Music 1: Mini Bongo Drums
Celebrate National Drum Month in November by using a couple of recycled yogurt cups and making a groovy set of bongos! This simple project encourages musical skills and uses eco-friendly magic to turn trash into treasure, teaching kids the fun in saving those empty containers for a good cause.
- Have your child cover the top of both yogurt containers with pieces of tape by taping them over the opening, and layering them on top of each other so there are no gaps.
- Now your child can paint the exterior of the cups his favorite color, with a fun design.
- Once the paint dries, cut a length of string about two feet long and wrap it around the cups in a figure eight to secure the bongos together with a tight knot. You may need to help your child with this step. Now you’re ready to jam!
Discuss: Make them draw other rhythm instruments that they have seen.
Quiz: What happens when the tape becomes loose?
Music 2: Chinese Hand Drum
- Start with a little research: The Chinese hand drum, also called a rattle drum, originated in ancient China around 475-221 B.C. During the Song Dynasty (960-1276) the drum became a popular children’s toy, as it is today in modern China. Two small balls attached to the sides beat the hollow drum. Its surface is sometimes painted.
- Give your child the round object for the drum. Help him cut two construction paper circles to match the drum’s two side surfaces.
- Your child can glue a circle to each drum side.
- After the glue has dried, use scissors to help your child poke a hole in the bottom of the drum, where a chopstick can be inserted as the drum’s holder.
- Let your child cut strips of colorful duct tape to put around the drum’s edges. Tape will hold the plastic or cardboard lid onto the drum base, and also go around the chopstick to keep it attached.
- Cut the string in half. Put a 10-inch string through a bead or bell. Fold the string in half (now 5 inches) and tie a knot. Have your child insert the knot and string ends under the side duct tape of the drum. Add more duct tape to attach the string.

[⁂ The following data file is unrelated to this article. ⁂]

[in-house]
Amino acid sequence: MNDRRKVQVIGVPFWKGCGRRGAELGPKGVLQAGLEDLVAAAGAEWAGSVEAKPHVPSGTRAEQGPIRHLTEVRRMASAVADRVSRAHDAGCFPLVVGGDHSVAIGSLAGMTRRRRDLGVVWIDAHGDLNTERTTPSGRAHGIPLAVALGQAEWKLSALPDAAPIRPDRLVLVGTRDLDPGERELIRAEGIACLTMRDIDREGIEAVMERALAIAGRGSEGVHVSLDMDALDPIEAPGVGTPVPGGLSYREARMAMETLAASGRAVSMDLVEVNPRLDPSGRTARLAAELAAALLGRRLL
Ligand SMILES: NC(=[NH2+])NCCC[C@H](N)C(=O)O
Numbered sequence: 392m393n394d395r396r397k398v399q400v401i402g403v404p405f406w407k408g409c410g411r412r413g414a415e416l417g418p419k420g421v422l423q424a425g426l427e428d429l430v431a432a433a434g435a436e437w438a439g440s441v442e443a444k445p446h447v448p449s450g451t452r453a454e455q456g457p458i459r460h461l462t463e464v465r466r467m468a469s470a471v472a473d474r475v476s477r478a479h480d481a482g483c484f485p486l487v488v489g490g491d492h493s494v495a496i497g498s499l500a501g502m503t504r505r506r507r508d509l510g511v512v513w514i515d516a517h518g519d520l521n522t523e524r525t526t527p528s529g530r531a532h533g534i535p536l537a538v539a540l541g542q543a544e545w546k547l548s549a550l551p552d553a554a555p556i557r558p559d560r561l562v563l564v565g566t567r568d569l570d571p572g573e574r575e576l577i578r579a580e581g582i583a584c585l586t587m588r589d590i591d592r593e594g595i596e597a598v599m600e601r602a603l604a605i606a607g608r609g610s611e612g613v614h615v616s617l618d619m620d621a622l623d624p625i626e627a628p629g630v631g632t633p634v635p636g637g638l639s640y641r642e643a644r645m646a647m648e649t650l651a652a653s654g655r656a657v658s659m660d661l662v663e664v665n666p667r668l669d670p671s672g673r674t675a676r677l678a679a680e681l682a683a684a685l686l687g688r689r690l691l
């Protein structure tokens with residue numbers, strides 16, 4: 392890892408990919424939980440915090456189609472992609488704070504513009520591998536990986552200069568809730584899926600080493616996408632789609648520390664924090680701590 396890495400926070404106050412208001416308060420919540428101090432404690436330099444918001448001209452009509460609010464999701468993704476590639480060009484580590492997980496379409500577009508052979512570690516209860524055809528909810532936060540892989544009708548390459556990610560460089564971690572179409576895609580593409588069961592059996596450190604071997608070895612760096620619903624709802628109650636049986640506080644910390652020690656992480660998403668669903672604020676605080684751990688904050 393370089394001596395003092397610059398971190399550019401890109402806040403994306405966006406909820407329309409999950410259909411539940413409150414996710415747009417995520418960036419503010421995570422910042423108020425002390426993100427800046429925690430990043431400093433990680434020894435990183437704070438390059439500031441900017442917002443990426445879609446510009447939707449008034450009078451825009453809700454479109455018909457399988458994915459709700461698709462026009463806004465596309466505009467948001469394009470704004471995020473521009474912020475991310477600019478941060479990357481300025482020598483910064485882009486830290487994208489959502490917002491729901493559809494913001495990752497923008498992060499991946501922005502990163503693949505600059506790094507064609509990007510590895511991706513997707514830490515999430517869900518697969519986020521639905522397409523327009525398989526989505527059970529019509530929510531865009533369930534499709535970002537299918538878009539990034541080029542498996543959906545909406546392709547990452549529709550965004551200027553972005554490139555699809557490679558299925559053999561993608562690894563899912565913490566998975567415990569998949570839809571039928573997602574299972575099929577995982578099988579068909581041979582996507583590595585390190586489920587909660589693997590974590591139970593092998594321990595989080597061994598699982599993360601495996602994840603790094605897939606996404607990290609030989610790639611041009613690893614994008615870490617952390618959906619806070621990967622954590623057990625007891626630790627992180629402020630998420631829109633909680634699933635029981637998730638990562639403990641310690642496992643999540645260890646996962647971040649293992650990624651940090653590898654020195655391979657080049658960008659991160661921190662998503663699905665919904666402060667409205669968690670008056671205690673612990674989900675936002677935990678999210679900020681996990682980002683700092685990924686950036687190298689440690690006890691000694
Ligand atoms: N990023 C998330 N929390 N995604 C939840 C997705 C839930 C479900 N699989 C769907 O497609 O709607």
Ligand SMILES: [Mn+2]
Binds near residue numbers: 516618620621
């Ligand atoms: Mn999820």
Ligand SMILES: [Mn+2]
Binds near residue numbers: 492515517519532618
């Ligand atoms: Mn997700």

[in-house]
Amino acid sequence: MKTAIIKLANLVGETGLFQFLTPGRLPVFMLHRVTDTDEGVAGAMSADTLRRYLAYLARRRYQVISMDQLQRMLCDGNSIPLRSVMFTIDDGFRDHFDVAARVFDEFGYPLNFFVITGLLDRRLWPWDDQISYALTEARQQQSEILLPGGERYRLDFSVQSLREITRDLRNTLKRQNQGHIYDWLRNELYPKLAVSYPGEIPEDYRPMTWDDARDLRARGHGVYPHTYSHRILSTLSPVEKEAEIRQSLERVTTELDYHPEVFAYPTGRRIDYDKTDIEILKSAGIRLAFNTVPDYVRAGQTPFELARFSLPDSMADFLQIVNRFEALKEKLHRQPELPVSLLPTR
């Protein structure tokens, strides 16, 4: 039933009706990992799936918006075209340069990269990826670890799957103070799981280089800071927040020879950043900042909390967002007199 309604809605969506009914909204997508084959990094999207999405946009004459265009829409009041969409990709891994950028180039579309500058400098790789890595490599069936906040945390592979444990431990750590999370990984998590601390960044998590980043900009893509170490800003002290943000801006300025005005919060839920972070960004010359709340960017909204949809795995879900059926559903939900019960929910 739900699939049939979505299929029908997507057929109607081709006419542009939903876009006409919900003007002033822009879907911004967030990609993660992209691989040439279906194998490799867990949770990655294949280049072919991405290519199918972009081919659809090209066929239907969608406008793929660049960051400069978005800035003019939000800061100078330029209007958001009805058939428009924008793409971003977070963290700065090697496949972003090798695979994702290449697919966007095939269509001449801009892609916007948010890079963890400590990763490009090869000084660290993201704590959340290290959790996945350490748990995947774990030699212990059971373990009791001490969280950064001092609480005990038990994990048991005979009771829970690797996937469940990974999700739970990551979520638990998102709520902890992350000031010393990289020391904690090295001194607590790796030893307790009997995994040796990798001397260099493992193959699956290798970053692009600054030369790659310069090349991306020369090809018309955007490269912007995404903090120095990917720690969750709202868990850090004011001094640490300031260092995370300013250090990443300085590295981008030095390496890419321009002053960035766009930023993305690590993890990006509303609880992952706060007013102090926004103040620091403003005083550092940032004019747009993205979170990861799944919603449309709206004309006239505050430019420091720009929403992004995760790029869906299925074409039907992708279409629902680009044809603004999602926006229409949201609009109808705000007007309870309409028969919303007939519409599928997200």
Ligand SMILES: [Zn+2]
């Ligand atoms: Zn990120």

- Repeat step #6 for the other 10 inches of string and bead or bell on the drum’s other side.
- Let your child use markers to draw Chinese designs (e.g. flowers, a dragon, tiger, panda or birds) on the drum’s surface if he desires.
Discuss: Make different rhythms using this toy. Make a time chart so that someone who has not heard this rhythm can play it.
Quiz: Write down the names of the following Indian percussion instruments.
Music 3: Simple Drums
All around the world, drums are used to create music, send messages, and accompany rituals. It is relatively simple to learn basic drumming techniques, and it produces a great sense of rhythm in the musician. Get your child in on the action! With a little bit of assistance, your little one can make drums of all different shapes and sizes that produce a variety of sounds. The best part is: All you need are just a few household objects and art supplies!
- Take a tour of the recycling bin and ask your child to choose bases for her drums. She should remove any slick labels from the containers, and give them a rinse if necessary. Your child might opt to place some dried beans or peas inside the container to add a maraca effect.
- Help your child select and size covers for the tops of the drums. If you do not have anything made of thicker plastic, help her weave pieces of electrical tape across the opening of the container. Add a second layer to make it more resilient. If you are using thick plastic, stretch it taut over the opening and attach it with packing tape. You can add thick rubber bands to make the top more secure.
- Have your child decorate her drums. Paper or fabric can cover the canister, with some yarn around any areas where packing tape shows through. Your child may want to paint geometric or animal motifs on her drums to emulate designs on traditional drums. Encourage her to add interesting decorations and trim with cut-out shapes, feathers, beads, stamps, or stencils.
You can extend this activity by helping your child compose drum chants. Encourage her to recite rhymes, songs, and poetry while beating drums, or use the drums to accompany a storytelling session or dance performance.
Discuss: Discuss rhythm. What is Taal? Different types of taal?
Quiz: Create a language using drum beats.